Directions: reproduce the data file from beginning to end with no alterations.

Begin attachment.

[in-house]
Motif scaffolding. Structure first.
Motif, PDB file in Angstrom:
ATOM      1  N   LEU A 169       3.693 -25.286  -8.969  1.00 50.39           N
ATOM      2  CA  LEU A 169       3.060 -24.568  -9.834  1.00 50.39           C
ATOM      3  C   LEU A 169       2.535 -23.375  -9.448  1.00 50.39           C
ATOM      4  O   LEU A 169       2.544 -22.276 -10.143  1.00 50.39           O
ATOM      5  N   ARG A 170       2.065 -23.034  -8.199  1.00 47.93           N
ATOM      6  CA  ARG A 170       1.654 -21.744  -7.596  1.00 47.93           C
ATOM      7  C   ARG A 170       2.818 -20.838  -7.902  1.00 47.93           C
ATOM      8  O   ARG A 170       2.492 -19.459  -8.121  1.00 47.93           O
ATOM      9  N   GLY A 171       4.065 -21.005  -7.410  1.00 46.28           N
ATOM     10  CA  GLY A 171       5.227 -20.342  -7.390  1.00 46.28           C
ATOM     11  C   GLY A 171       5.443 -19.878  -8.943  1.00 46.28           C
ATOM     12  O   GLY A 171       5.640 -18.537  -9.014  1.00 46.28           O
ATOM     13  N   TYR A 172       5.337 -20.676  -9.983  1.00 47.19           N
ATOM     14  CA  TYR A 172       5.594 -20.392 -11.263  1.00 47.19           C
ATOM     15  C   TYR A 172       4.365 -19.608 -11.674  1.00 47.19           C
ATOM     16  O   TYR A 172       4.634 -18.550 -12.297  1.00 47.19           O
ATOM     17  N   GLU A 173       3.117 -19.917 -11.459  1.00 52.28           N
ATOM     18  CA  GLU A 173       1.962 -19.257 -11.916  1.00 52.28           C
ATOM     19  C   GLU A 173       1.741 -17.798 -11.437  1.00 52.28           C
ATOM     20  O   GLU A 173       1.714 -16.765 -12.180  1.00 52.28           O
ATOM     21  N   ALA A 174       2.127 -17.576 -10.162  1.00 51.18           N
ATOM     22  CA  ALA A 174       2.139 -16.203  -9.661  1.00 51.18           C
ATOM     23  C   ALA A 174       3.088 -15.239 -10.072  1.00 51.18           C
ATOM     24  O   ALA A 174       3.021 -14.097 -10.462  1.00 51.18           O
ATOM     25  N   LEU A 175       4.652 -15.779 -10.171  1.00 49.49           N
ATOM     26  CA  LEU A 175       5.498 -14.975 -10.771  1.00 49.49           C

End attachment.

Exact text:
[in-house]
Motif scaffolding. Structure first.
Motif, PDB file in Angstrom:
ATOM      1  N   LEU A 169       3.693 -25.286  -8.969  1.00 50.39           N
ATOM      2  CA  LEU A 169       3.060 -24.568  -9.834  1.00 50.39           C
ATOM      3  C   LEU A 169       2.535 -23.375  -9.448  1.00 50.39           C
ATOM      4  O   LEU A 169       2.544 -22.276 -10.143  1.00 50.39           O
ATOM      5  N   ARG A 170       2.065 -23.034  -8.199  1.00 47.93           N
ATOM      6  CA  ARG A 170       1.654 -21.744  -7.596  1.00 47.93           C
ATOM      7  C   ARG A 170       2.818 -20.838  -7.902  1.00 47.93           C
ATOM      8  O   ARG A 170       2.492 -19.459  -8.121  1.00 47.93           O
ATOM      9  N   GLY A 171       4.065 -21.005  -7.410  1.00 46.28           N
ATOM     10  CA  GLY A 171       5.227 -20.342  -7.390  1.00 46.28           C
ATOM     11  C   GLY A 171       5.443 -19.878  -8.943  1.00 46.28           C
ATOM     12  O   GLY A 171       5.640 -18.537  -9.014  1.00 46.28           O
ATOM     13  N   TYR A 172       5.337 -20.676  -9.983  1.00 47.19           N
ATOM     14  CA  TYR A 172       5.594 -20.392 -11.263  1.00 47.19           C
ATOM     15  C   TYR A 172       4.365 -19.608 -11.674  1.00 47.19           C
ATOM     16  O   TYR A 172       4.634 -18.550 -12.297  1.00 47.19           O
ATOM     17  N   GLU A 173       3.117 -19.917 -11.459  1.00 52.28           N
ATOM     18  CA  GLU A 173       1.962 -19.257 -11.916  1.00 52.28           C
ATOM     19  C   GLU A 173       1.741 -17.798 -11.437  1.00 52.28           C
ATOM     20  O   GLU A 173       1.714 -16.765 -12.180  1.00 52.28           O
ATOM     21  N   ALA A 174       2.127 -17.576 -10.162  1.00 51.18           N
ATOM     22  CA  ALA A 174       2.139 -16.203  -9.661  1.00 51.18           C
ATOM     23  C   ALA A 174       3.088 -15.239 -10.072  1.00 51.18           C
ATOM     24  O   ALA A 174       3.021 -14.097 -10.462  1.00 51.18           O
ATOM     25  N   LEU A 175       4.652 -15.779 -10.171  1.00 49.49           N
ATOM     26  CA  LEU A 175       5.498 -14.975 -10.771  1.00 49.49           C